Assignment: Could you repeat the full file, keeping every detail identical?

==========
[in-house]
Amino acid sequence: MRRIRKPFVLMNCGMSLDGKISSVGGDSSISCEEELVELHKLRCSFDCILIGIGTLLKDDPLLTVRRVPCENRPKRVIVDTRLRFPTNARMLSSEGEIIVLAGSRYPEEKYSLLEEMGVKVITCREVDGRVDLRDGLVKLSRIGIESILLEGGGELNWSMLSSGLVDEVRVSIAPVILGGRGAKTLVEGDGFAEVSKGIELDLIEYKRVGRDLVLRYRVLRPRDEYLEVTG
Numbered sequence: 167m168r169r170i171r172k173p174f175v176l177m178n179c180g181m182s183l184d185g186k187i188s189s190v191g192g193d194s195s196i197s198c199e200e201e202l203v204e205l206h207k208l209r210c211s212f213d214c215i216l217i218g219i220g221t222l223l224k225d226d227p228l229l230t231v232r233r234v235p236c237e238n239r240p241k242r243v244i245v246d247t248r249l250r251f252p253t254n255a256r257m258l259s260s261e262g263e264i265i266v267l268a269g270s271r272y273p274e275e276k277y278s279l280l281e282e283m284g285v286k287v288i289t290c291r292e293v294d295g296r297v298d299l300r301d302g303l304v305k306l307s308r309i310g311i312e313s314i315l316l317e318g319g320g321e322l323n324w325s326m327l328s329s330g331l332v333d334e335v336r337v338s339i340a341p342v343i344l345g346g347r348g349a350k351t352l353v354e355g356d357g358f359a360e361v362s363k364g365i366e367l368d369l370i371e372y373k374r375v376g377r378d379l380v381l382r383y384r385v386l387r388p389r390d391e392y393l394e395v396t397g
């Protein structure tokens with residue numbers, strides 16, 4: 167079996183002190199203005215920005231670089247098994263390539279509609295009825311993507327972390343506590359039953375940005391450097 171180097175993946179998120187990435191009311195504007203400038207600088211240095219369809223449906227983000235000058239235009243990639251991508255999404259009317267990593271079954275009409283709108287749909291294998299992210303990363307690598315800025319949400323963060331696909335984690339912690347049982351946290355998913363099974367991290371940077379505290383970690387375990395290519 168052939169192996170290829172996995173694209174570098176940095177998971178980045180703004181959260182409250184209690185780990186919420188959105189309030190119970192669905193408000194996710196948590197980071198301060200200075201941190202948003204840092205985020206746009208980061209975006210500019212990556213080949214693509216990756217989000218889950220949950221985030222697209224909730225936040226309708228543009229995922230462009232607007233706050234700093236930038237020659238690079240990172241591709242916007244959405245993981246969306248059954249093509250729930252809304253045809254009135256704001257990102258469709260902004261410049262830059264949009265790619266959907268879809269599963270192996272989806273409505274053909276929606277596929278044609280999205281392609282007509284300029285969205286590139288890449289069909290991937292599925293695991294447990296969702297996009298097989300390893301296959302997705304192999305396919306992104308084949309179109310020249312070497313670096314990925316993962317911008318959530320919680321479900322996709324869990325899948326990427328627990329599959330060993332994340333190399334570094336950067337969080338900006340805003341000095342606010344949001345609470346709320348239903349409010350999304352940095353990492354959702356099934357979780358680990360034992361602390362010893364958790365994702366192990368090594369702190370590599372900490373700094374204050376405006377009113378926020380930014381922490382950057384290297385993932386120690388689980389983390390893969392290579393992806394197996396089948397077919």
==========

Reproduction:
[in-house]
Amino acid sequence: MRRIRKPFVLMNCGMSLDGKISSVGGDSSISCEEELVELHKLRCSFDCILIGIGTLLKDDPLLTVRRVPCENRPKRVIVDTRLRFPTNARMLSSEGEIIVLAGSRYPEEKYSLLEEMGVKVITCREVDGRVDLRDGLVKLSRIGIESILLEGGGELNWSMLSSGLVDEVRVSIAPVILGGRGAKTLVEGDGFAEVSKGIELDLIEYKRVGRDLVLRYRVLRPRDEYLEVTG
Numbered sequence: 167m168r169r170i171r172k173p174f175v176l177m178n179c180g181m182s183l184d185g186k187i188s189s190v191g192g193d194s195s196i197s198c199e200e201e202l203v204e205l206h207k208l209r210c211s212f213d214c215i216l217i218g219i220g221t222l223l224k225d226d227p228l229l230t231v232r233r234v235p236c237e238n239r240p241k242r243v244i245v246d247t248r249l250r251f252p253t254n255a256r257m258l259s260s261e262g263e264i265i266v267l268a269g270s271r272y273p274e275e276k277y278s279l280l281e282e283m284g285v286k287v288i289t290c291r292e293v294d295g296r297v298d299l300r301d302g303l304v305k306l307s308r309i310g311i312e313s314i315l316l317e318g319g320g321e322l323n324w325s326m327l328s329s330g331l332v333d334e335v336r337v338s339i340a341p342v343i344l345g346g347r348g349a350k351t352l353v354e355g356d357g358f359a360e361v362s363k364g365i366e367l368d369l370i371e372y373k374r375v376g377r378d379l380v381l382r383y384r385v386l387r388p389r390d391e392y393l394e395v396t397g
């Protein structure tokens with residue numbers, strides 16, 4: 167079996183002190199203005215920005231670089247098994263390539279509609295009825311993507327972390343506590359039953375940005391450097 171180097175993946179998120187990435191009311195504007203400038207600088211240095219369809223449906227983000235000058239235009243990639251991508255999404259009317267990593271079954275009409283709108287749909291294998299992210303990363307690598315800025319949400323963060331696909335984690339912690347049982351946290355998913363099974367991290371940077379505290383970690387375990395290519 168052939169192996170290829172996995173694209174570098176940095177998971178980045180703004181959260182409250184209690185780990186919420188959105189309030190119970192669905193408000194996710196948590197980071198301060200200075201941190202948003204840092205985020206746009208980061209975006210500019212990556213080949214693509216990756217989000218889950220949950221985030222697209224909730225936040226309708228543009229995922230462009232607007233706050234700093236930038237020659238690079240990172241591709242916007244959405245993981246969306248059954249093509250729930252809304253045809254009135256704001257990102258469709260902004261410049262830059264949009265790619266959907268879809269599963270192996272989806273409505274053909276929606277596929278044609280999205281392609282007509284300029285969205286590139288890449289069909290991937292599925293695991294447990296969702297996009298097989300390893301296959302997705304192999305396919306992104308084949309179109310020249312070497313670096314990925316993962317911008318959530320919680321479900322996709324869990325899948326990427328627990329599959330060993332994340333190399334570094336950067337969080338900006340805003341000095342606010344949001345609470346709320348239903349409010350999304352940095353990492354959702356099934357979780358680990360034992361602390362010893364958790365994702366192990368090594369702190370590599372900490373700094374204050376405006377009113378926020380930014381922490382950057384290297385993932386120690388689980389983390390893969392290579393992806394197996396089948397077919």